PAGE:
critical issues and create positive social change by making researched
contributions to local and national charitable organizations.
It is never too late to donate:
TEXT A $10 DONATION! MAKE A DIFFERENCE.
Text WALK to 50555 to
donate $10 to fight women's cancers.
By sending this text, it's easy, safe
and secure to make a $10 donation to the EIF Revlon Run/Walk for Women.
A one-time donation of $10.00 to the Entertainment
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prepaid balance. All purchases must be authorized by the account holder. Message
and Data Rates May Apply. Text STOP to 50555 to STOP. Text HELP to 50555 for HELP. Full
Mail Donation to:
EIF REVLON Run/Walk –
West Olympic Blvd.
WOMENTUM™ SOCIAL POWER.
Tweet. Text. Blog. Post. Rev it up and pass it on! Meet up on our social
pages and add your story. Share some inspiration. Find some fundraising tips.
Tweet some encouragement. Get the latest updates and exclusive sneak peeks.
Let's keep the WOMENTUM™
going and growing.
residents Minda Chipurnoi Finkelstein, Gena Goldstein and Bonnie Glazer. raised almost $7,000!
This is Bonnie's 13th year participating in this event, Minda's second and Gena's first.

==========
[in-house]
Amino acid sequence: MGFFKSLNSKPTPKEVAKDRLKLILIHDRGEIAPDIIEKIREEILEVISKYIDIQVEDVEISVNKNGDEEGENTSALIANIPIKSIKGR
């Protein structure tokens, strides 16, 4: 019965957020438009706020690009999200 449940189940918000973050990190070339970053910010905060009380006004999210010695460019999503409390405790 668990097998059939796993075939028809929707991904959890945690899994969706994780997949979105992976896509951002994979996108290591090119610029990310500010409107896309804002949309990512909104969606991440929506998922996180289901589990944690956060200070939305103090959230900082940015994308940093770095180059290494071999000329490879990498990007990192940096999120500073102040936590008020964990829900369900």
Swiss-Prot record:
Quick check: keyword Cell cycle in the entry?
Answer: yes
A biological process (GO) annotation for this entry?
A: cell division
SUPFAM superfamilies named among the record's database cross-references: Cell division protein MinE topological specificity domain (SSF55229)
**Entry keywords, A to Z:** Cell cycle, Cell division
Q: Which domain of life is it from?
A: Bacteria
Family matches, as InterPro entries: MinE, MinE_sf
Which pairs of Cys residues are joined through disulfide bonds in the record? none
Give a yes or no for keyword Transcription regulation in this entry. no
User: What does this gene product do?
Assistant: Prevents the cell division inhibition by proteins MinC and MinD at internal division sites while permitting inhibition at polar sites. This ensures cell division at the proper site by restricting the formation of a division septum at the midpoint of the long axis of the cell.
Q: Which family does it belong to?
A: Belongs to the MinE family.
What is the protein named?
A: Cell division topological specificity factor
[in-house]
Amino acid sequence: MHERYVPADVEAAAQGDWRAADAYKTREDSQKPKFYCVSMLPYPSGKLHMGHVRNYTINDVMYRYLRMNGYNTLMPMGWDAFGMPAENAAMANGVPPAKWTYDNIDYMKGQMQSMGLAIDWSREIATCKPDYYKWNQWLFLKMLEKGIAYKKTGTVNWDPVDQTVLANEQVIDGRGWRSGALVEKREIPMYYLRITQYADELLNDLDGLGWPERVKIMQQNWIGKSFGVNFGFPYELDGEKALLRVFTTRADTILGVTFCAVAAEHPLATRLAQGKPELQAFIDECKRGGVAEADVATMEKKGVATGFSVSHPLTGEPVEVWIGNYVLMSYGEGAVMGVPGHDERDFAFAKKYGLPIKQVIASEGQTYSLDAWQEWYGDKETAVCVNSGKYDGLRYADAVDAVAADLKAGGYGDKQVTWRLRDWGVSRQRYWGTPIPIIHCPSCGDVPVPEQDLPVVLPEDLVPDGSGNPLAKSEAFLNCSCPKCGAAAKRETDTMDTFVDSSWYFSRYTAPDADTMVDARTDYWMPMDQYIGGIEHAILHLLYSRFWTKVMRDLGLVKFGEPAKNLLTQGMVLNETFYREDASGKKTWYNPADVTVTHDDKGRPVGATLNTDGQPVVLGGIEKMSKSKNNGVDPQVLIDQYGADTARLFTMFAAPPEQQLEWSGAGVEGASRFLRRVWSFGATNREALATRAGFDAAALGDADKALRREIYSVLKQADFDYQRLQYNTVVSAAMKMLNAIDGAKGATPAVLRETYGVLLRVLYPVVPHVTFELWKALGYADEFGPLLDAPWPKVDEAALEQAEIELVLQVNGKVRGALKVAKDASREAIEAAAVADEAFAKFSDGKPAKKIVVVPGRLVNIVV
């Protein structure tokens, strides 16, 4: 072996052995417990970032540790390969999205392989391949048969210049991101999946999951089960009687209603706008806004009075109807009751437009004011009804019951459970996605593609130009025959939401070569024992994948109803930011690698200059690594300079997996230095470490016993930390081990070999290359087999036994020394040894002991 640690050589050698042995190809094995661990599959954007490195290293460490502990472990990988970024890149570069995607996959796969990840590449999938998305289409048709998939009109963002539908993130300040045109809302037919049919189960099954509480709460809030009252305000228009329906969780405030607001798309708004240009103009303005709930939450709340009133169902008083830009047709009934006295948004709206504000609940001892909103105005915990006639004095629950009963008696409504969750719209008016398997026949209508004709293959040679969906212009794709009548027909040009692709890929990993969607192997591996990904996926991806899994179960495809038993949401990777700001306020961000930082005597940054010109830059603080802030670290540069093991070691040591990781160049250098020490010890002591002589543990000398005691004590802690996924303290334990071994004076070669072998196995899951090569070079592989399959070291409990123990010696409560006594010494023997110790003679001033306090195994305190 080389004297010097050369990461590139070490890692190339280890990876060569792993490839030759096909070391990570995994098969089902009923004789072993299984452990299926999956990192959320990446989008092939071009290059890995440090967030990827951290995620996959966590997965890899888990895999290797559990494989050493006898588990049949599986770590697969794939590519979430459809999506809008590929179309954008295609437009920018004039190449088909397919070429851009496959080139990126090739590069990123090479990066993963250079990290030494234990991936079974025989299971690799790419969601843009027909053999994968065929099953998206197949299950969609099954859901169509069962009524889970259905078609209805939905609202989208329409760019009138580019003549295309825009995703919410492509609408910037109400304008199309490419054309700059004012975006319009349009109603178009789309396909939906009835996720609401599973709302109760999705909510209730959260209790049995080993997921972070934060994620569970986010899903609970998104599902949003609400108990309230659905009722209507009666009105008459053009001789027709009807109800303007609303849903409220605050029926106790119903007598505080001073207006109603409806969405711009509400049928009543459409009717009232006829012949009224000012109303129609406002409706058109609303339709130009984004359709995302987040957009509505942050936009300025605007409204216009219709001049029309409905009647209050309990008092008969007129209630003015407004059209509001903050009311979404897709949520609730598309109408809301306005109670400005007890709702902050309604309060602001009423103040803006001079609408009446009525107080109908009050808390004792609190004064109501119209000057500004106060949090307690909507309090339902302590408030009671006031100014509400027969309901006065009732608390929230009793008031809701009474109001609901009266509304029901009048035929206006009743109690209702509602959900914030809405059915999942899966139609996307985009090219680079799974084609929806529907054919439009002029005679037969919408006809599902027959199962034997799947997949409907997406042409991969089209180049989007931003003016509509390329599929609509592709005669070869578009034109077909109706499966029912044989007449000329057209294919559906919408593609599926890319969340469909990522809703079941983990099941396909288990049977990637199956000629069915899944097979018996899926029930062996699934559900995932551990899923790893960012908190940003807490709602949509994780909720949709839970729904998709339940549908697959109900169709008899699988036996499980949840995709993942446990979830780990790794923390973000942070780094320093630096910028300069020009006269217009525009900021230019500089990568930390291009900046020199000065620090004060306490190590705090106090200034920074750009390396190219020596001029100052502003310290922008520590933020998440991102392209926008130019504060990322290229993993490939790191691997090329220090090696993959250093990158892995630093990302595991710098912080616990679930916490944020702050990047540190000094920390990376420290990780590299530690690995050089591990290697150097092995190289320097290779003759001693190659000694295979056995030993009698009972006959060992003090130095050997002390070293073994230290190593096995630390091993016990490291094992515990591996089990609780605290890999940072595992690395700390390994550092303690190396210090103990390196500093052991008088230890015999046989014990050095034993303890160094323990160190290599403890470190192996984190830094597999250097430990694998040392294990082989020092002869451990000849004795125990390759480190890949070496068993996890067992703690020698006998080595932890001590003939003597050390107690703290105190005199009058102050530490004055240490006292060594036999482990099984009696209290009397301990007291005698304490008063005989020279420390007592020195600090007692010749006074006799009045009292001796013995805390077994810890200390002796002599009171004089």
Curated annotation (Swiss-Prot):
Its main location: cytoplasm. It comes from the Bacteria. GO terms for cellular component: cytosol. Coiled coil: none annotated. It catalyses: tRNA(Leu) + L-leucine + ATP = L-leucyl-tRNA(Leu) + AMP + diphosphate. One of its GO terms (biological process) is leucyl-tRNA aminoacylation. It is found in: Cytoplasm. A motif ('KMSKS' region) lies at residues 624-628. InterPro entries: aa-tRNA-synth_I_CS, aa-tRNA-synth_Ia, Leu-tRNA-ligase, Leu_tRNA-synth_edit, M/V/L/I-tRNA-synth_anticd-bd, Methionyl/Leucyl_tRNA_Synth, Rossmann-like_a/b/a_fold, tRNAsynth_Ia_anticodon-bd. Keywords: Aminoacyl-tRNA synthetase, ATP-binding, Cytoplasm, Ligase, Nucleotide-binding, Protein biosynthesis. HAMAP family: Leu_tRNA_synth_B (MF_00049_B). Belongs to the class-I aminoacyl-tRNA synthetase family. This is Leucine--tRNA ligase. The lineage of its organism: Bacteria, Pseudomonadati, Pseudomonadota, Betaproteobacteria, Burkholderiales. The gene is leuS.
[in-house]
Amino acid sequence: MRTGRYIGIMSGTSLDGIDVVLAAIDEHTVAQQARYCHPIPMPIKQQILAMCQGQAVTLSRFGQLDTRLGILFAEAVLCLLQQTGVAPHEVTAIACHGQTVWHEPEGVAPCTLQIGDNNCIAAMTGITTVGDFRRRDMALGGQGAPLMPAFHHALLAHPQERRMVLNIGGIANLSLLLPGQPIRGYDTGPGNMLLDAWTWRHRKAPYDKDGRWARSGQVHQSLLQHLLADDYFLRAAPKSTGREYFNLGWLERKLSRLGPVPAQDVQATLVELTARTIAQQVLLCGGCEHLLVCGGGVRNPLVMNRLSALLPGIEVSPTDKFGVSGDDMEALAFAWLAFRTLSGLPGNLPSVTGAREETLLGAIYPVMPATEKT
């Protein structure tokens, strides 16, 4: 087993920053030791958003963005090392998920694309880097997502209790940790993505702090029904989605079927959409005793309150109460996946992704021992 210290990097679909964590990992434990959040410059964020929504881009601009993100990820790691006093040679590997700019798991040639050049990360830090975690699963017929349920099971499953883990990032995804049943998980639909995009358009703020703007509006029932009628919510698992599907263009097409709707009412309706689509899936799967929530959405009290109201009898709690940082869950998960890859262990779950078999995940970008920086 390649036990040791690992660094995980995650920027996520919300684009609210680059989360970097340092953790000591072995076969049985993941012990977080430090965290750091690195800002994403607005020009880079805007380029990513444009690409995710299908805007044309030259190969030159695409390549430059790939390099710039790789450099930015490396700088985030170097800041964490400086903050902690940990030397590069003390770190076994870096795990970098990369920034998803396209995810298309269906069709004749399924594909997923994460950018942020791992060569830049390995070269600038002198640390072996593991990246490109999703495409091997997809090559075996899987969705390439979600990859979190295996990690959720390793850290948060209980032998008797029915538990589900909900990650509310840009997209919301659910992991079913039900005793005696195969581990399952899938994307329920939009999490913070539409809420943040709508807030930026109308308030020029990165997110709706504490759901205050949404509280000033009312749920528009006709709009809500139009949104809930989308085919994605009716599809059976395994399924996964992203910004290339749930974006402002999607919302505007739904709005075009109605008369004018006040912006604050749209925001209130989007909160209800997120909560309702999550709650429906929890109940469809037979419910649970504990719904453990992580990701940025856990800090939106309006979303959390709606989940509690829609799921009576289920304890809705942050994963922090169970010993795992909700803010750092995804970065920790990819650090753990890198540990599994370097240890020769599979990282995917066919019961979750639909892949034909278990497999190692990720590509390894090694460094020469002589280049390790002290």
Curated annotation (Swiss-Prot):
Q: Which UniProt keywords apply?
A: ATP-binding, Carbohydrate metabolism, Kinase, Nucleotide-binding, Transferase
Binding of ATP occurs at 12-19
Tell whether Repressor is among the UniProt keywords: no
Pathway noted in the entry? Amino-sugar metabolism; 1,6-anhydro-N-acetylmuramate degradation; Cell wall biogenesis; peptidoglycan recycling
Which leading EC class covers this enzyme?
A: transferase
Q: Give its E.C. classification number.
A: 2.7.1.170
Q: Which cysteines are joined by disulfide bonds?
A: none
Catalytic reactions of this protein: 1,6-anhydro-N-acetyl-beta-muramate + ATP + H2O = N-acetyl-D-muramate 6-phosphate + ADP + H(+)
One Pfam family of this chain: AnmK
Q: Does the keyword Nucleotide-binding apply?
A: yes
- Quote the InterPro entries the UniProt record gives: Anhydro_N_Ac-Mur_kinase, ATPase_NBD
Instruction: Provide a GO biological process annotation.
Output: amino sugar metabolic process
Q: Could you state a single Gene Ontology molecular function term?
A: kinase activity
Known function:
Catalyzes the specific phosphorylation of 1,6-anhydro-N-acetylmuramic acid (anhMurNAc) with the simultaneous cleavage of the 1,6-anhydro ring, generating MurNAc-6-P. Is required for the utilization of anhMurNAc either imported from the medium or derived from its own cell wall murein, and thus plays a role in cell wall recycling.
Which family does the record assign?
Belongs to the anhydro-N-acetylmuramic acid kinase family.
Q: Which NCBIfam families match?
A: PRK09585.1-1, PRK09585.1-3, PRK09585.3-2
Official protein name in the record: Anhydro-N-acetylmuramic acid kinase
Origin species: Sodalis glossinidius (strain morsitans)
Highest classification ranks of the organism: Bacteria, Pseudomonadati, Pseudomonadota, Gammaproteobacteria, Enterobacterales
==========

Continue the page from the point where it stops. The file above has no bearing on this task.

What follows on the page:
We take part in the walk for all the women we know who have been
touched by this terrible disease.
We hope that our team will grow next year!
This blow by blow was
written by one of the members of the FHFD. I hope it helps.
From Heather McDonald, FHFD
We had a major fire in
yesterday where a
house burned to the ground. Members of The Fair Harbor Fire Department
responded and made sure that no neighboring homes or property
were damaged. No one was hurt in the fire and the house was not occupied
- things that we can all be grateful for. Photos of the house that show
what our Firefighters encountered upon arrival as well as the aftermath
FHFD Chief Scott Cherveny, First Assistant Chief Brendan Reynolds
and Captain Bobby Kerr provided the following report:
Things happened fast this afternoon. FHFD First Assistant Chief
Brendan Reynolds and Captain Bobby Kerr both saw smoke coming from the Eastern
near the Bay and notified Chief
Cherveny. First Assistant Chief Reynolds responded directly to the location and
Chief Cherveny headed to the fire house, called in the alarm and got things
moving. In less than 15 minutes they had water on the fire. The whole interior
of the house was burning when the Firefighters arrived. First Assistant Chief
Reynolds confirmed that the entire interior of the house was involved in the
fire and that nothing could be done to save it. The fire
was fought both from Walnut and Elm walks, using the surround and drown technique to protect the adjacent homes and property. Nothing else was lost
except the house. Firefighters from Kismet, Saltaire and
responded to fight the fire as well.
We had a great response from the members of the FHFD that were on
Island and also from others who responded quickly from off Island, including